CDC crypto parasite—Beware before taking a dip in that public pool. A disease called crypto parasite in on the rise in US swimming pools. A parasitic infection, crypto causes diarrhea and is often transmitted by exposure to excrement.
The rate of people getting sick with Cryptosporidium, a parasite, has soared 13 percent since 2009, with more than seven thousand cases registered in the last decade, warns a new report from the CDC.
A third of the cases occur in swimming pools, and the great majority between the months of June, July and August.
In an attempt to reduce the problem, US health officials urge swimmers to stop swimming in public pools when they have diarrhea.
The warning comes after a report revealed that eight Americans have died and 30,000 have gotten sick with bacteria in hotel pools between 2000 and 2014.
Cryptosporidium, which may come from another person’s stool, can survive normal levels of chlorine, which is why people with diseases are urged to refrain from swimming. “Swallowing just one sip of water with Crypto can make healthy children and adults sick for weeks with watery diarrhea, stomach cramps, nausea and vomiting,” said Michele Hlavsa, head of the CDC’s Healthy Swimming Program.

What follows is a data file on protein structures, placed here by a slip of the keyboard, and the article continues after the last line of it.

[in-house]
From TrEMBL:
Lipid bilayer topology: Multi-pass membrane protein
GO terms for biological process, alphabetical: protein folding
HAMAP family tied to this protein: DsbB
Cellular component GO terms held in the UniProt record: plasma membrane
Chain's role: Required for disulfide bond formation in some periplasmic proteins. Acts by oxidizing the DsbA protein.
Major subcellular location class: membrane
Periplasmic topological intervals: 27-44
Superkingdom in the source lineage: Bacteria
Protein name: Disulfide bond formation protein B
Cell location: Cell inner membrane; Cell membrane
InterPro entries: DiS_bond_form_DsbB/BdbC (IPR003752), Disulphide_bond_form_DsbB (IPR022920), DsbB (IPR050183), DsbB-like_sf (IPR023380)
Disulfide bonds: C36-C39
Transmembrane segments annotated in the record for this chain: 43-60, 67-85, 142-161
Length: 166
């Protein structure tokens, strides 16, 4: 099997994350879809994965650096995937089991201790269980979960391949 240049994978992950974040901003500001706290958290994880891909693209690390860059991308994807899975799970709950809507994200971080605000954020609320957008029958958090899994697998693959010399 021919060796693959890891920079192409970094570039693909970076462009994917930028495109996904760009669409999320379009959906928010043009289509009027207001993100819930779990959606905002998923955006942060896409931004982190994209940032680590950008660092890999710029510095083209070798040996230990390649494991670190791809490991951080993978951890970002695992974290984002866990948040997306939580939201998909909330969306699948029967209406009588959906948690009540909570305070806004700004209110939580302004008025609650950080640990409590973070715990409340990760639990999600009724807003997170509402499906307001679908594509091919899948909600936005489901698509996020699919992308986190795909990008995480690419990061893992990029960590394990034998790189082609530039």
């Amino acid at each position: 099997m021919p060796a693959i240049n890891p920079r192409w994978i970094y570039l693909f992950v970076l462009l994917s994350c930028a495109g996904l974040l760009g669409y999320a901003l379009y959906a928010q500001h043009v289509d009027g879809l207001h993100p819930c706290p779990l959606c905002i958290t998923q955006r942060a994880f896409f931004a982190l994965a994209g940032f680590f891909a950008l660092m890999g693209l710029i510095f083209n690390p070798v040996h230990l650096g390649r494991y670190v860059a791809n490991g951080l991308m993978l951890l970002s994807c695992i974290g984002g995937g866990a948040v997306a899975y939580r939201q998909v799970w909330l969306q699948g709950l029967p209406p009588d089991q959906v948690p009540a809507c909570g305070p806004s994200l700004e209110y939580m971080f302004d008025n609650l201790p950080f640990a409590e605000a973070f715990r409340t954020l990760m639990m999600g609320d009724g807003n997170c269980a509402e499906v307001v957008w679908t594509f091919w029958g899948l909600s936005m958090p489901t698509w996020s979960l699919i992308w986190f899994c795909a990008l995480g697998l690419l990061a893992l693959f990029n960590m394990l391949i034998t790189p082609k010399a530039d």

“Chlorine can not kill Crypto quickly, we need to keep it out of the water in the first place, do not go into the water, and do not allow your children to go to the water if they are sick with diarrhea.”
Legionella and Pseudomonas bacteria are the main causes of these outbreaks, with 16 percent of outbreaks caused by Legionella and 13 percent caused by Pseudomonas.
Legionella can cause severe pneumonia and flu-like symptoms. Pseudomonas can cause rashes in the whirlpool and swimmer’s ears
If the pool, jacuzzi or water play area is not cleaned properly, bacteria can grow and form a slime called biofilm on wet surfaces. Legionella and Pseudomonas can live in this biofilm. It is more difficult for disinfectants to kill these bacteria when they are protected by biofilm.
The CDC warns that pool operators must maintain proper cleaning practices and levels of disinfectant to prevent bacteria from growing and causing illness to swimmers.